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From San Juan Island to Los Alamos; Fleming's connection to Oppenheimer

San Juan Historical Museum shared this condensed story about a connection between Robert Oppenheimer and San Juan Island on its Facebook page. The full  version will be posted in an upcoming Museum newsletter. Please become a member if you would like to receive the newsletter.

With the Academy Awards coming up soon, you might be wondering if there’s any connection from J. Robert Oppenheimer to San Juan Island, there is…Glenn Fleming is that connection.


Glenn Fleming at Los Alamos, New Mexico in 1944

His grandparents Thomas Fleming and Mary Jane Matier met on a ship while emigrating to Australia. They didn’t like Australia, then tried California and finally came to San Juan Island in search of farmland to homestead.

They chose land in the San Juan Valley that also included Little Mountain, then called Bob’s Mountain. Son Robert homesteaded the south side of Little Mountain north of what is now Bailer Hill Rd. (Then it was just called “The County Road”). Son James homesteaded from Kanaka Bay to the County Rd. Son Archie homesteaded the Northeast part of Little Mountain and the land below it. The Bailer brothers were to the South of Archie and Victor Erickson was to the North. The Archie Fleming homestead is at the end of what is now called Valley Farms Road.

Born in 1908 to Archie and Maria Erickson Fleming, Glenn was the youngest of eleven children. He loved school and ended up the Valedictorian of his class at Friday Harbor High School in 1926. He went to the University of Washington and studied science and education, graduated and then went to New Whatcom State Normal School, now Western Washington University, to get his teaching credential. His first job was at Edison High School teaching physics and chemistry. After a few years Glenn moved to Cashmere High School, in the apple orchards near Wenatchee.

Friday Harbor Biological Station students 1939. Arrow points at Glenn.

During the summers at Edison and Cashmere he attended classes at the UW Friday Harbor Biological Station, known today as the UW Friday Harbor Labs. His goal was a Masters degree combining biology and chemistry. His research examined the digestive systems of salmon, what did salmon eat and how did it fuel them. He was able to get research materials by going to the cannery in Friday Harbor and filling a bucket with leftover fish guts.

In 1943 the US Army contacted Glenn about joining something called the Army Specialized Training Program. He thought that was a good idea as it would allow him to do his part in the war effort. He was immediately sent to the University of Pennsylvania to study physics, chemistry and thermodynamics without being told why.

Once he completed his classes in March of 1944 he found out why. His group was sent to Los Alamos, New Mexico to join the Manhattan Project under the direction of J. Robert Oppenheimer. The U.S. effort to create a nuclear weapon was underway but they were using uranium as fuel and they only had a small amount. If they could make a synthetic version called Plutonium everything would be easier. Glenn was part of the team brought together to create high purity plutonium. When the first test was conducted, 175 miles to the South of them, the team went onto the roof of their lab to watch. Glenn later said, “It lit up the sky, you cannot imagine how bright it was”. Later Glenn received a letter of recommendation from Oppenheimer saying “he should be commended for the high quality of his work”.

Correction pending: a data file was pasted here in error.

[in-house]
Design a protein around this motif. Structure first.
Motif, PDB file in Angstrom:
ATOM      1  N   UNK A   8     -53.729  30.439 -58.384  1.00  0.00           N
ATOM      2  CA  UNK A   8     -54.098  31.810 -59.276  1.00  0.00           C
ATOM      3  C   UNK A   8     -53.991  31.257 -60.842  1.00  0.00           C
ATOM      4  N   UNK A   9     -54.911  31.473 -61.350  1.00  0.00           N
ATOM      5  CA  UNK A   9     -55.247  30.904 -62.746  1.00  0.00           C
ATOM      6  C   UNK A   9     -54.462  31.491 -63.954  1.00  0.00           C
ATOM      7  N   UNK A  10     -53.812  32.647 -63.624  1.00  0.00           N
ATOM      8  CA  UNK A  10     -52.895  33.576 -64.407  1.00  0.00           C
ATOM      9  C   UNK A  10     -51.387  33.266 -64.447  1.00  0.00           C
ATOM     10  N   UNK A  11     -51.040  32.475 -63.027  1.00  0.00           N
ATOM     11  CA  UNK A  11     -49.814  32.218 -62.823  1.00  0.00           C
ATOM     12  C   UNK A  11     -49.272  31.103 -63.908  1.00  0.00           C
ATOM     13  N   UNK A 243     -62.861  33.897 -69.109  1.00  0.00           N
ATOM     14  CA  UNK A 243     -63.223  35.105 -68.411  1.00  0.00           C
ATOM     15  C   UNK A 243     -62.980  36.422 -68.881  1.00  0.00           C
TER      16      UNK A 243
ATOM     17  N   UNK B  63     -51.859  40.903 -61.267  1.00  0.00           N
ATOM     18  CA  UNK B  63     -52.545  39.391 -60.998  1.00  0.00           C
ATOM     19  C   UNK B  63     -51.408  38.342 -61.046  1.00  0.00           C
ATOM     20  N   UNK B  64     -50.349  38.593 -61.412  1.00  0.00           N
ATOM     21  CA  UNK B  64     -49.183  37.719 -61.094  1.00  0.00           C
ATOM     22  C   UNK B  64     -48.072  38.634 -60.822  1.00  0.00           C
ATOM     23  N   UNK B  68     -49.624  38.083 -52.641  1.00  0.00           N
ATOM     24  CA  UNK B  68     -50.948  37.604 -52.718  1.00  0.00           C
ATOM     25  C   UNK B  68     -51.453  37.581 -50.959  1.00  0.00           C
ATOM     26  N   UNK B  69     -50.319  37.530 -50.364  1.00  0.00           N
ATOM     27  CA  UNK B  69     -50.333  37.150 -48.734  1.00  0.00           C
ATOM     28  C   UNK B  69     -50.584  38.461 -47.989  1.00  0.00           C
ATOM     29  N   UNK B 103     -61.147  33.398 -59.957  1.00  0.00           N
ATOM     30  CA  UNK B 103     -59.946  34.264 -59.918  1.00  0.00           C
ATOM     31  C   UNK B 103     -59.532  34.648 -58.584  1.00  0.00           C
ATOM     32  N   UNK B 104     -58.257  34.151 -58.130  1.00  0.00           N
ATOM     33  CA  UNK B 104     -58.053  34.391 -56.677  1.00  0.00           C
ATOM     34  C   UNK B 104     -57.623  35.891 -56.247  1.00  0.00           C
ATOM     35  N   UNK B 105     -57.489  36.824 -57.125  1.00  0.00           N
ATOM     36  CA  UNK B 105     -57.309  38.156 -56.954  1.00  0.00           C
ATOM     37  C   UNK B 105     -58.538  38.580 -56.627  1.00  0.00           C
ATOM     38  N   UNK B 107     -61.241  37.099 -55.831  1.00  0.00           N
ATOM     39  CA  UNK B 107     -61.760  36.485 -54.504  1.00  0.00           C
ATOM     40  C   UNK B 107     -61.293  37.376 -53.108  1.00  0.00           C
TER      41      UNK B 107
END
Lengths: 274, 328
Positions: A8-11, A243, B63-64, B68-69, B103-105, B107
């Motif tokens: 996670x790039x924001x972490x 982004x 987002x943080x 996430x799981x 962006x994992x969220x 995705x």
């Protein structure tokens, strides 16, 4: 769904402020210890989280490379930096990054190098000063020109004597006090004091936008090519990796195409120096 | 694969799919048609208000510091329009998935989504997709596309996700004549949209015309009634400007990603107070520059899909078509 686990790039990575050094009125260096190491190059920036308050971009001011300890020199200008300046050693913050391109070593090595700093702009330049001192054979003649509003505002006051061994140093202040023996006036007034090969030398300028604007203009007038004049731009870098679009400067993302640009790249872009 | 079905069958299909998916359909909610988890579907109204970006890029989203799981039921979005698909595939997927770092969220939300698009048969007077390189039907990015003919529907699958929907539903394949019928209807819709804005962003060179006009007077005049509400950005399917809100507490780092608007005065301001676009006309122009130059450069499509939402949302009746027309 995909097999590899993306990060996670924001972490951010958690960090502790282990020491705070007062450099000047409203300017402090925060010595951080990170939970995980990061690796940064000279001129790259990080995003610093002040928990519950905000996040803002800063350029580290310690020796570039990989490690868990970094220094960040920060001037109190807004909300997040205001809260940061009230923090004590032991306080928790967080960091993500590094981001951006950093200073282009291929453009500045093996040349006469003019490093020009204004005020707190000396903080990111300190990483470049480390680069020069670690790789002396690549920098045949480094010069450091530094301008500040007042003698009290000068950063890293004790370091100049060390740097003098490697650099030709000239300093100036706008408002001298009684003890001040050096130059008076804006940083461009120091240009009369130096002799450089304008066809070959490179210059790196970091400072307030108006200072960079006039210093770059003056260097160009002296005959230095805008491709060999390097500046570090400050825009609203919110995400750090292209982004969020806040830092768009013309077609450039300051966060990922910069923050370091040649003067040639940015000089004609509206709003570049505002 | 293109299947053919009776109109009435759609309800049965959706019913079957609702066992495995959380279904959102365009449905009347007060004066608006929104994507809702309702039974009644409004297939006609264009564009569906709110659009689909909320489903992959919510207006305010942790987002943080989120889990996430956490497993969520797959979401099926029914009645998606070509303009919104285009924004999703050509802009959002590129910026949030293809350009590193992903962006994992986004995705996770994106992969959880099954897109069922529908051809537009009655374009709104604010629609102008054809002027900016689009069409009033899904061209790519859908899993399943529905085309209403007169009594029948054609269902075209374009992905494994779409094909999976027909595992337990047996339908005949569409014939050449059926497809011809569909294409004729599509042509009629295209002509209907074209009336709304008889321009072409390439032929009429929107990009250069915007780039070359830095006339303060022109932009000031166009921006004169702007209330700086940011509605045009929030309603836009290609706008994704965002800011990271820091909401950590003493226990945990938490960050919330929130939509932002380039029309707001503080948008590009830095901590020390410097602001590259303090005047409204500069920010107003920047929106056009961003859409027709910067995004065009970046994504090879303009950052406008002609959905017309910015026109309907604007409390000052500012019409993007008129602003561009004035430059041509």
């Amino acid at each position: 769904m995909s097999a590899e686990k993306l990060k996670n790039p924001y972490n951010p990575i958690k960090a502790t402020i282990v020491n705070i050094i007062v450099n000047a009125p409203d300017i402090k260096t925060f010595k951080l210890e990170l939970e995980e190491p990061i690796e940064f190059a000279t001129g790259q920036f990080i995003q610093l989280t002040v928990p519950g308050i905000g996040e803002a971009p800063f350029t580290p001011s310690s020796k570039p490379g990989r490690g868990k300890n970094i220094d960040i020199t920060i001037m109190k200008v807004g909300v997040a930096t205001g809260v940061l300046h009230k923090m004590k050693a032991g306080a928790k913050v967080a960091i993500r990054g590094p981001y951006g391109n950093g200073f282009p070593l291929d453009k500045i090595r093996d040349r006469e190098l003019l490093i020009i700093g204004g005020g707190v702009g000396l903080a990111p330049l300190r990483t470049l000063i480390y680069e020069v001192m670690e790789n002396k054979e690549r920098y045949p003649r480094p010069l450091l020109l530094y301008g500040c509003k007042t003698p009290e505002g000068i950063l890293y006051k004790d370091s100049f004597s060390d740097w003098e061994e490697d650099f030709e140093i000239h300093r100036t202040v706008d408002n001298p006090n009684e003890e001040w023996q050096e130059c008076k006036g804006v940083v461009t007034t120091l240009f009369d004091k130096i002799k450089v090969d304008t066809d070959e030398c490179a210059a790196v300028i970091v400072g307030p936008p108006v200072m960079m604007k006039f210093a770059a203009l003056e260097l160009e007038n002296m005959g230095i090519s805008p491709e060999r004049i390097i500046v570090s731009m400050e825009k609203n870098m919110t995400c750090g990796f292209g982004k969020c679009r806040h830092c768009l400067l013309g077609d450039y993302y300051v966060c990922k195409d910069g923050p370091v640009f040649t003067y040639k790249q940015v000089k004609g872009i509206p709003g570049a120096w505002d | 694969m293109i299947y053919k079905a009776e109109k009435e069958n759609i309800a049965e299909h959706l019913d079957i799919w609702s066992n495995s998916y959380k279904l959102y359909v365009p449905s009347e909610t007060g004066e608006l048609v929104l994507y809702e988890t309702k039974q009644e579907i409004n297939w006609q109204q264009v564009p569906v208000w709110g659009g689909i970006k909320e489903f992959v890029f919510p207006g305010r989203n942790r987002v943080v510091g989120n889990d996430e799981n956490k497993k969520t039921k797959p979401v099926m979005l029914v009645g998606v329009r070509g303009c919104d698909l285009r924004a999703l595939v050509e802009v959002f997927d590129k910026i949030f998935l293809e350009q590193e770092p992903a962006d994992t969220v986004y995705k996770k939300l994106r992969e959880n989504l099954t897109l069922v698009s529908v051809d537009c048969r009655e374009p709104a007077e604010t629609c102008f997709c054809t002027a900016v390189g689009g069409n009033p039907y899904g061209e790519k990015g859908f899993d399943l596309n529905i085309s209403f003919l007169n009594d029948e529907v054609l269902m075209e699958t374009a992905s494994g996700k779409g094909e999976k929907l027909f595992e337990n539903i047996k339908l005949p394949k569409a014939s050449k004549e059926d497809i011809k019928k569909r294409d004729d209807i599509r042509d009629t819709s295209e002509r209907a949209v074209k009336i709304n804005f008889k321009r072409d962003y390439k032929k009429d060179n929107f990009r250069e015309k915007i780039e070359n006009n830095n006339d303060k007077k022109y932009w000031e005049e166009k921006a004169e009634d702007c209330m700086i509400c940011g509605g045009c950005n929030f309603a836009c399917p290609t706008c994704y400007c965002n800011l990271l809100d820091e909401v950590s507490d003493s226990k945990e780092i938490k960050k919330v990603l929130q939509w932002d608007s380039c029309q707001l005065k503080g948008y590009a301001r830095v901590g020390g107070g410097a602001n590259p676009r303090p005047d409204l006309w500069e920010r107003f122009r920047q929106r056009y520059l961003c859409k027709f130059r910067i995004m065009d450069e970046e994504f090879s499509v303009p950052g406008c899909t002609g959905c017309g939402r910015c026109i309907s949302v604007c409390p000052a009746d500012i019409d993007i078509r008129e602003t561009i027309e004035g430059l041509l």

Once the Manhattan project was completed Glenn returned to teaching at Cashmere High School. When the principal retired in 1946, he took over and stayed until he retired in 1966. After moving to Florida and traveling the world, when he turned 86 he returned to San Juan Island to live with his niece.

Glenn passed in 1998 at 90 years old and is buried in the San Juan Valley Cemetery overlooking the place of his birth.


I knew Glenn Fleming. He was Principal of Cashmere High School which I attended from Autumn 1965 - Spring 1969. From my Annual (Ka Hi Wa '68), I show that he retired in 1968, not 1966. The Dedication (as it were) states: From Active Teaching to Continued Learning . . . A home in Florida with a chance to spend many hours on their hobbies - this is the "dream come true" for Mr. Glenn Fleming and Mr. Pierre Genell, who are retiring at the end of the year. Over a score of years, dedicated to teaching, is now a book of memories for these two.

Mr. Fleming and Mr. Genelle were long-time companions who lived about 1 block from the high school. I often (and I mean often) think of people whom I've respected in my lifetime (several), but without fail, Mr. Fleming is on my short list of 10, maybe even of only 5. I have a vivid memory of Mr. Fleming and how efficiently and effectively he ran our high school. No fuss, no muss, no public posturing. He handled all kinds of matters in a most professional way. He was just so good at what he did. I believe he arrived at the high school (building) each morning around 6:30 am. (I never had him as a teacher. I did have Mr. Genelle as my biology teacher for freshman and sophomore years.)

I knew that he had worked at Los Alamos, but not all the details nor the preparatory education in Pennsylvania. This article was most information and enjoyable to me. I am now 73 and live in Menlo Park, California.

 Ann Coulthard



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